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As you read the opening of A Separate Peace, you will have to decide how it makes you feel, but I can certainly share with you how it makes me feel as I open the book. Of course, since I have read the entire book many times, my impressions are no longer exactly fresh.
As I read the beginning, I feel sadness and nostalgia for a time and place that is gone forever. I feel that I am at a museum, where what was real is no longer real because it has, as the expression says, been "preserved in amber." Gene uses language that suggests the museum image several times.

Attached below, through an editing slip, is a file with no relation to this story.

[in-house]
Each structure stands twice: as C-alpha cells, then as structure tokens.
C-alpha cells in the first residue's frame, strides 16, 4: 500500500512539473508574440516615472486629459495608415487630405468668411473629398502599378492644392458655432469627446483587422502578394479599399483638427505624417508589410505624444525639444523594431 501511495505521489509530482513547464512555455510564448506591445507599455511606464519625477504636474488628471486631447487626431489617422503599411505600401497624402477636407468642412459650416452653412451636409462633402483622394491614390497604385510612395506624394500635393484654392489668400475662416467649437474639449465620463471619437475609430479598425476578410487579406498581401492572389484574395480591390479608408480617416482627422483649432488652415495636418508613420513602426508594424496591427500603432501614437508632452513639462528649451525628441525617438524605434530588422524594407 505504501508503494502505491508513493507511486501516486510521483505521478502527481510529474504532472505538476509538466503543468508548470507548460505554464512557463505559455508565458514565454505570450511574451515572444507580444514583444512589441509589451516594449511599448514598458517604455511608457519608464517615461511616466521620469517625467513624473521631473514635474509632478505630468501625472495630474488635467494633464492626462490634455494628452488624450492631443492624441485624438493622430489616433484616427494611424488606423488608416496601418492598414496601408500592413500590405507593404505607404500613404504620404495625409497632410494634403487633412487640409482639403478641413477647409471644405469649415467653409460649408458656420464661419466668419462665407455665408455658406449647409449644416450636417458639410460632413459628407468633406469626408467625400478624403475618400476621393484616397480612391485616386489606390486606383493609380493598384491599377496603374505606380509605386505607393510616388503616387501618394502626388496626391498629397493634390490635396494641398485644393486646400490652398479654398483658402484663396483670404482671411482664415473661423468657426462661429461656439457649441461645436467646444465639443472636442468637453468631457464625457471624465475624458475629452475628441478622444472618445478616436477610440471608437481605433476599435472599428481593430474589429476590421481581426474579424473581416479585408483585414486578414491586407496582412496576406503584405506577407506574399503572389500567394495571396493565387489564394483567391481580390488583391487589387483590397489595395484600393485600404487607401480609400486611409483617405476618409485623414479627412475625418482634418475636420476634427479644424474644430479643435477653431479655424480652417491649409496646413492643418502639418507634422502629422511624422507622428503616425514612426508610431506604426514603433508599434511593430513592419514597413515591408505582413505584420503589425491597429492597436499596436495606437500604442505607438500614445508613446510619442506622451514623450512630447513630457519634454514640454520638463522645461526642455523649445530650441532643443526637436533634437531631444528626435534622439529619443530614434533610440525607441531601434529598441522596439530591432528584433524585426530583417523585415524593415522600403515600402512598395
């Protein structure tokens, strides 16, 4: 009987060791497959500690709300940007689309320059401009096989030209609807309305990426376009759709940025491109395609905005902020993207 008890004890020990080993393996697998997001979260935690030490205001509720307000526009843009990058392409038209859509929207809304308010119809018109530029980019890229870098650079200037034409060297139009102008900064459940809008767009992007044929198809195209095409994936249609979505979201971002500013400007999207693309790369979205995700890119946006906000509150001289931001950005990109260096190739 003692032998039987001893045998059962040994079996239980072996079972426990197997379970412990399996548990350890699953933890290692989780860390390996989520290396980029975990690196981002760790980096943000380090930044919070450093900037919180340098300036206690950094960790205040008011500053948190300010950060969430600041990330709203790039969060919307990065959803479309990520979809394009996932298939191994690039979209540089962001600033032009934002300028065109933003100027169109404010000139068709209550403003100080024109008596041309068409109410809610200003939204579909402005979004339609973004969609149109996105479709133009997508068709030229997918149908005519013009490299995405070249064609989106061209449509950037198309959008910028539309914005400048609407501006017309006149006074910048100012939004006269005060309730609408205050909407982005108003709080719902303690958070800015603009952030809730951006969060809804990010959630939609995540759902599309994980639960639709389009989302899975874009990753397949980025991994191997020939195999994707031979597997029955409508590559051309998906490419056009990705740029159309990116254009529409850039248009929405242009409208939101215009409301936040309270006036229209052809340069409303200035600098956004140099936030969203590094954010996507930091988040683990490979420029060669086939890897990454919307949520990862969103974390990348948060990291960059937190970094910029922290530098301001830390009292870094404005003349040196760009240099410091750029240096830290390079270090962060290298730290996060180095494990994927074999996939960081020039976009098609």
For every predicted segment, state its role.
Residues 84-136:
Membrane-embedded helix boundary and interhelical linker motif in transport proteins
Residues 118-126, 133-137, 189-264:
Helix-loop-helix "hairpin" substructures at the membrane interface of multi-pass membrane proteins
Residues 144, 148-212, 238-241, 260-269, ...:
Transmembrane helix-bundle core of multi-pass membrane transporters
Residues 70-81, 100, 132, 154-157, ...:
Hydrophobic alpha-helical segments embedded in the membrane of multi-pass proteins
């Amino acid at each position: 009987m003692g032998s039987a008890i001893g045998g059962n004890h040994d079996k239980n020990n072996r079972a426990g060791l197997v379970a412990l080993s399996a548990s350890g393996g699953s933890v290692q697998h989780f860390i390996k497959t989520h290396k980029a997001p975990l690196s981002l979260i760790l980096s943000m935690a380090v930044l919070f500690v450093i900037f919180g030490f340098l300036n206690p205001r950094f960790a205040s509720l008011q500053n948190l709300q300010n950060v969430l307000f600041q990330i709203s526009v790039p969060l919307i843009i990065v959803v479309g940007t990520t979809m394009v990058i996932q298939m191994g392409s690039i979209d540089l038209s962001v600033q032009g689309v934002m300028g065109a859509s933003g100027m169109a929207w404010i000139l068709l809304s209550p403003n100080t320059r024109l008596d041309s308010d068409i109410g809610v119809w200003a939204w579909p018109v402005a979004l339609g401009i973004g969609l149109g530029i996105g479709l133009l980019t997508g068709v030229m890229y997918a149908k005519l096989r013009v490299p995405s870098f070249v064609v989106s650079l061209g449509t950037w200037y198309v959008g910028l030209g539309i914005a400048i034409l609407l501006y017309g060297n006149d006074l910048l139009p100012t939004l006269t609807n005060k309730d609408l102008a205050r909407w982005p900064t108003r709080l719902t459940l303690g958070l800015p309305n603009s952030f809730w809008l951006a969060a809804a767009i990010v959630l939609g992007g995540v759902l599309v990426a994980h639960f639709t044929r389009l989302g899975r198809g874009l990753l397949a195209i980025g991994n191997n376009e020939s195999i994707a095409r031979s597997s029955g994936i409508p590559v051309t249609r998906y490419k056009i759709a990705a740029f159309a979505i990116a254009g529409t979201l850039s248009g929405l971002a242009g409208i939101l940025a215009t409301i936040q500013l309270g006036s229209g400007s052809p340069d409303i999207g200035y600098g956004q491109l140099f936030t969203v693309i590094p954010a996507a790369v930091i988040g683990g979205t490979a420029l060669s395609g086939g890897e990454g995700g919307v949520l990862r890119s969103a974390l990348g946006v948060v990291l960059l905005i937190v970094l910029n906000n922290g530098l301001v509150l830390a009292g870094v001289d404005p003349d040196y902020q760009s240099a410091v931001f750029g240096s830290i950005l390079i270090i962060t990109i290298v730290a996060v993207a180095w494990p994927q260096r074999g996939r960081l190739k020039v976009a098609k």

I can also see the foreshadowing of terrible events and the hint of wonderful events, since Gene speaks of "the fear that I lived in" (10) and the "uncontrollable joy" (10). This tells me that Gene's trip down memory lane will bring back terrible and wonderful events and feelings.
As the book opens, the weather suggests a mood of sadness and somberness, not emphasizing whatever joy Gene experienced in this place. The weather "blew wet, moody gusts all around me," Gene says (10), and later he talks about the "bare trees" and that it was "a gray and misty day (13). He mentions the fog a few sentences later and talks about being cold. When Gene talks about the tree, he says it was "not only stripped by the cold season, it seemed weary from age, enfeebled, dry" (14). Then he talks about walking through the mud and being drenched by the rain or fog. These details make me think that Gene might be like the tree, or like the weather, and that in spite of the joy he had experienced, this is not a happy place or a happy trip for him.
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